A Bonafide Clutz

In Baby Bootcamp our instructor likes to torture us by having us walk up and down the stairs holding our babies. Ten times stepping up sideways, facing the right. Ten facing left. Ten facing front going up two by two. In my case, with a nearly seventeen pound baby and a mild case of Stairophobia.

It probably should not be a mild case.

Falling down the Great Wall of China probably warrants a more severe phobia.

I began that day full of confidence and purpose. I was weeks away from finishing my one year contract teaching English in Korea. During that time I had travelled in Korea, Guam, Thailand, Japan and now China. Life was one giant possibility.

The sky is overcast. From weather or pollution is unclear. It does not matter. We are boarding the bus to go see one of the great wonders of this world. The Great Wall of China.

Clearly we are not visiting one of the lesser visited spots as we had hoped. Our bus pulls in to a gigantic parking lot full of vendors hawking everything tacky: Mao lighters that sing the Chinese anthem, Mao alarm clocks in full salute, and the ironic mini Great Wall replicas.

After our guide advises the time to meet back at the bus, my friends and I are off to explore. We are as carefree as children running up and down the narrow steps, in and out of the watchtowers and barracks, playing bows and arrows and duck n’ cover.

Eventually we hit an incredibly steep section headed down. A perfect time to take a photo. One friend heads down the steps. The other 3 of us stay up top.

“Okay,” yells my friend from below “On the count of 3, take a step down and I’ll get an action shot of you guys coming down the wall!”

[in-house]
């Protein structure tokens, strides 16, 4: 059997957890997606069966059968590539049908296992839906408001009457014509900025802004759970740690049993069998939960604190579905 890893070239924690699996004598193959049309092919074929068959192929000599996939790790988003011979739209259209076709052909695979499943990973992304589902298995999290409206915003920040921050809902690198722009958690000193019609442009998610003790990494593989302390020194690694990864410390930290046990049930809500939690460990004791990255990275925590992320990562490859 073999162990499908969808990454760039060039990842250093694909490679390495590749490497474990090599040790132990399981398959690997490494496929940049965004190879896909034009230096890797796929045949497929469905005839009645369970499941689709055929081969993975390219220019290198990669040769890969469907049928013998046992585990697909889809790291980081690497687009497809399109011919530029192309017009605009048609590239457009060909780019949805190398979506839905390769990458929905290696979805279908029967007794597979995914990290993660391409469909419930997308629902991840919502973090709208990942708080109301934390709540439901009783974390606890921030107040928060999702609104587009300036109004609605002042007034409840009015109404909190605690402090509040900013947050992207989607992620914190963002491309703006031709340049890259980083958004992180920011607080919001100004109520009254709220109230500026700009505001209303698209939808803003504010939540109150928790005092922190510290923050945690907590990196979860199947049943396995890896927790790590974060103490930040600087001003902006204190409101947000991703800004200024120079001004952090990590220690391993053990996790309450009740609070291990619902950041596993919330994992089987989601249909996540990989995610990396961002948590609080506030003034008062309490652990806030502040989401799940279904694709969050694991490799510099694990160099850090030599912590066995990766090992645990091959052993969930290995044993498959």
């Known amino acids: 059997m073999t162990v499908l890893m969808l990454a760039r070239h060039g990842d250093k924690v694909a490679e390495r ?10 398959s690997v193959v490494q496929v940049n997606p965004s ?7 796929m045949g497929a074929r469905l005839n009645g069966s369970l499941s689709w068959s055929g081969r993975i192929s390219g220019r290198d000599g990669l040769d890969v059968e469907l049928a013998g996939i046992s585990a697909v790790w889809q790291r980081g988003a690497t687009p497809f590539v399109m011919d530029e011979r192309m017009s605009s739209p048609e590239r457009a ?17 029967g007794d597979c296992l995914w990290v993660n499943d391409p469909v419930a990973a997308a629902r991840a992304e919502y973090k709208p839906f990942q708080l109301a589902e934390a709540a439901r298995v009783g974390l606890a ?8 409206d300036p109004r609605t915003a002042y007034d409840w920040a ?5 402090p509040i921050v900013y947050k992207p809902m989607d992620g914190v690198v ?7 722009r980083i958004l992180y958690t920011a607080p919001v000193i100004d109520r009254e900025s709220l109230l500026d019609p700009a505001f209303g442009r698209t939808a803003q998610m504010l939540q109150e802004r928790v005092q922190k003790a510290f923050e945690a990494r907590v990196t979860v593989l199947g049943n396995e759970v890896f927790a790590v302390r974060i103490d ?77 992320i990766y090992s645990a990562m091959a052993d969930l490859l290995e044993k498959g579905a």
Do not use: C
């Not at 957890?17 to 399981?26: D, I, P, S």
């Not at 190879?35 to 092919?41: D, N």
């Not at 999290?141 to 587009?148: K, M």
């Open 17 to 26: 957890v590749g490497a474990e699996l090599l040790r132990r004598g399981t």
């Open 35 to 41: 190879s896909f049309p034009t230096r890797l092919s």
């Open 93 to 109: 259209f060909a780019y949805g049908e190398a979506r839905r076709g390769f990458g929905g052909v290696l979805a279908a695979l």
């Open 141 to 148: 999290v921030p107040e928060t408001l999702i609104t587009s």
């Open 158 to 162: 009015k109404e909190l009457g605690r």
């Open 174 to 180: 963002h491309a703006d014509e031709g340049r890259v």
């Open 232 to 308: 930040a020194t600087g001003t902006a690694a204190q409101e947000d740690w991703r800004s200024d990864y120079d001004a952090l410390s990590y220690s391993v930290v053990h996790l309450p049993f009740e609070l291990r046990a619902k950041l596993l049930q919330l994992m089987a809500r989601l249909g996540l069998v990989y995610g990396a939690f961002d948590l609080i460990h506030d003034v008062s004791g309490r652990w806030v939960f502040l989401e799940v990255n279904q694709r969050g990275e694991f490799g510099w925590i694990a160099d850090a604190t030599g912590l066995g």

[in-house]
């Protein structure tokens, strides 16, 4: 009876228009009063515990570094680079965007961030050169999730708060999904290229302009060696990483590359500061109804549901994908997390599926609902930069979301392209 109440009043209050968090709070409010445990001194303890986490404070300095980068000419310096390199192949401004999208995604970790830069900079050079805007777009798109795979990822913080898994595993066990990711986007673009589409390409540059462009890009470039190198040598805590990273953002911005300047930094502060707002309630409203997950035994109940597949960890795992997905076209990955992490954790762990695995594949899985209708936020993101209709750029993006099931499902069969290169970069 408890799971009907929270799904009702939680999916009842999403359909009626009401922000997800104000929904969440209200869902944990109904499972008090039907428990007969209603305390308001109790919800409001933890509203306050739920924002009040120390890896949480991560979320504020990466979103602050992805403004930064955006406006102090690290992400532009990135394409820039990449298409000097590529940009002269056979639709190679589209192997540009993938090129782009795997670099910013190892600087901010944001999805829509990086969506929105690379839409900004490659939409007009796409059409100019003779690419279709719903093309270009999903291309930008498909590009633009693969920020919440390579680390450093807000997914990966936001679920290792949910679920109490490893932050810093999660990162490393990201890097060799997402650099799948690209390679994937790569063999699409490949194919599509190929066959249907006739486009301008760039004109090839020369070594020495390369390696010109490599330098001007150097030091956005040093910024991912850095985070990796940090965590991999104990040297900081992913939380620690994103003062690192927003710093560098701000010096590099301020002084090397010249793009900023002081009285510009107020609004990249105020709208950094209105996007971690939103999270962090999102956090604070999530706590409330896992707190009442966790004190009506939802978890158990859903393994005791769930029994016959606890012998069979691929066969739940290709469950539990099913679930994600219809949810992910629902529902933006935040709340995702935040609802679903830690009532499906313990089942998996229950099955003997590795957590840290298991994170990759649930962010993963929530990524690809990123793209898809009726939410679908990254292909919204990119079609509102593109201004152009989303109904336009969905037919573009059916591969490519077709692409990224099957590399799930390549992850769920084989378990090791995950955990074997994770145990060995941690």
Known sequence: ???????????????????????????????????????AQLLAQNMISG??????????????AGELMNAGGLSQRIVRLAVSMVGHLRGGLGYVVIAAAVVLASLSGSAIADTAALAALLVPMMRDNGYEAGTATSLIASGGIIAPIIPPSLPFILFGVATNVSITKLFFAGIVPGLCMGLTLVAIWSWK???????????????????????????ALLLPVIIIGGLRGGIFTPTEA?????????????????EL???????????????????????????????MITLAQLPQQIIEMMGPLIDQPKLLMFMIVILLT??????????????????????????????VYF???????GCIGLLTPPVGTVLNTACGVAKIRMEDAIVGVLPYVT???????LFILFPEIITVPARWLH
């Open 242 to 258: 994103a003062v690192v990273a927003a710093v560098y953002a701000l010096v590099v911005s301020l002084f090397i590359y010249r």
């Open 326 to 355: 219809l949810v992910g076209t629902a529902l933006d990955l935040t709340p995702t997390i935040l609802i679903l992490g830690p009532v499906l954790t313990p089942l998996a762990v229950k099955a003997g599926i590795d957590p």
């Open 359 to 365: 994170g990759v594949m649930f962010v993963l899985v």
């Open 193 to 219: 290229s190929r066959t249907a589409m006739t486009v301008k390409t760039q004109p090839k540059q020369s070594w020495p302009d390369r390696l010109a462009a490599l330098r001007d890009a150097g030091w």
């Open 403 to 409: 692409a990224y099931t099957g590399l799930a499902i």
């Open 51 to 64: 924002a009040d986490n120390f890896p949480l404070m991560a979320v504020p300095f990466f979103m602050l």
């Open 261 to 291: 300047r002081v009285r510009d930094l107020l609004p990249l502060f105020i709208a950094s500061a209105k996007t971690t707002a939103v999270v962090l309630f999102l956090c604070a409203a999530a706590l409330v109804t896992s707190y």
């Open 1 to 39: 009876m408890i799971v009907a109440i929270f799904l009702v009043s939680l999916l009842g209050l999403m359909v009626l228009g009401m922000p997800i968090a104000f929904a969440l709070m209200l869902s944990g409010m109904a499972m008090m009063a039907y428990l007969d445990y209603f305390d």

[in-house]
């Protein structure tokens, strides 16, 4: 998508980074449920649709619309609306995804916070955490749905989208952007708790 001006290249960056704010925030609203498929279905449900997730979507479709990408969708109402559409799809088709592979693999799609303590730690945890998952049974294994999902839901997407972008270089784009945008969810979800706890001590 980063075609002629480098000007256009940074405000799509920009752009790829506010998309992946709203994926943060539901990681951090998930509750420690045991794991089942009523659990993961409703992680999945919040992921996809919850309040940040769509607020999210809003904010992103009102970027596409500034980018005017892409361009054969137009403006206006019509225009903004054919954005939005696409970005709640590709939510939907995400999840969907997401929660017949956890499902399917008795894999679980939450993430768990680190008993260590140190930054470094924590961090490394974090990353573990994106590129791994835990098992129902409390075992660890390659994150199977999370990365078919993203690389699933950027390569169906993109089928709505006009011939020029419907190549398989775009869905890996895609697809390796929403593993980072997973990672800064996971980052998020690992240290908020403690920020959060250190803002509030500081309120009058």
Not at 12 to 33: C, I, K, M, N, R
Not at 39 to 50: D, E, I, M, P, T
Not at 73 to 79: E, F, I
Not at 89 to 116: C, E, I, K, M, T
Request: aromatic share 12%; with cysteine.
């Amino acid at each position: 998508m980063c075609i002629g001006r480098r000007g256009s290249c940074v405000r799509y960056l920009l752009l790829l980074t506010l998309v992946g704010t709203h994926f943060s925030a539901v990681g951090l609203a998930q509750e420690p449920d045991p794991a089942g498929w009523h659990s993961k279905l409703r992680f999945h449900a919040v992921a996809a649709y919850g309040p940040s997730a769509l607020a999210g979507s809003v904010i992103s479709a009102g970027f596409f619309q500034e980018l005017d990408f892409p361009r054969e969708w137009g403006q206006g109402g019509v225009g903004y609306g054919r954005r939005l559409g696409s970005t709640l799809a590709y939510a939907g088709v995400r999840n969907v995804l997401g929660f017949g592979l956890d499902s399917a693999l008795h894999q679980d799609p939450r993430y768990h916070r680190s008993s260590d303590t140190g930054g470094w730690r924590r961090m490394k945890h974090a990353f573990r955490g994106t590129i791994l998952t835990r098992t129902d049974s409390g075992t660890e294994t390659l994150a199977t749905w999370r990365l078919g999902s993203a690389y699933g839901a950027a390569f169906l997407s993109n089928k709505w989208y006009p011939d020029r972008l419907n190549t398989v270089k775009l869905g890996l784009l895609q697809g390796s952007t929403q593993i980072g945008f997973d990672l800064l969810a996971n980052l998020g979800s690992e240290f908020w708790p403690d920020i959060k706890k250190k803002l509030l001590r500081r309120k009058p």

We agree, hoping the steepness is evident in the picture so we can show all of our friends.

“One. Two. Three!”

And, well, you know what happens next.

I decide it will be a better picture if I am looking at the camera smiling, forgetting that the ancient Chinese, while incredibly strong, also had tiny, barely-there feet. The steps are narrow. And uneven. I neglect to check either of these possibilities.

On three I take a step. Only there is no step where I have stepped. So I fall. Hard. And once I fall, the sharp angle propels me downward. I don’t really remember this part. I fall and I roll. I do vividly remember the faces looking down on me once I have stopped. Chinese faces speaking Mandarin in sharp, tonal fluctuations. Then my friends. Making sure I’m okay and then trying to hold back their tears of laughter.

I am laughing myself, so hard that I can not breathe. Tears are falling so fast from my eyes that my fellow tourists are worried that I am injured. I suffer from a few scrapes and bruises but it is only my pride that is broken.

I can not believe I have fallen down the Great Wall of China. “Only me.” I sigh shaking my head and picking my battered self up and back to our awaiting bus.

I remember this today as I march up and down these steps with Kaya in hand. “I will not fall with my daughter. I will not fall with my daughter. I will not fall with my daughter.” becomes my mantra as I finish all the required reps.

Am I nervous about dropping or falling with her? Sure.

But the mantra has more to do with Kaya not baring witness to the all too common reality of her mother making a fool of herself. Can we at least wait for her to turn one before crushing her ideal of the perfect mom?

Let it be known, I will be trying my damndest to protect her from that knowledge.

Unfortunately, my friend did not catch the fall. Here is just before my humiliation.

That’s me, arms flailing, in the white tshirt.


One thought on “A Bonafide Clutz

  1. I logged on to your blog this morning for the first time in months, and was completely tickled to finy a tiny version of myself on one of my favorite days of my whole life! Thanks for re-telling, too, which made me get the giggles all over again. You did neglect to mention that both Ken and I did the exact same thing – looked up and missed the step! You’re the only one that completely lost it, tho

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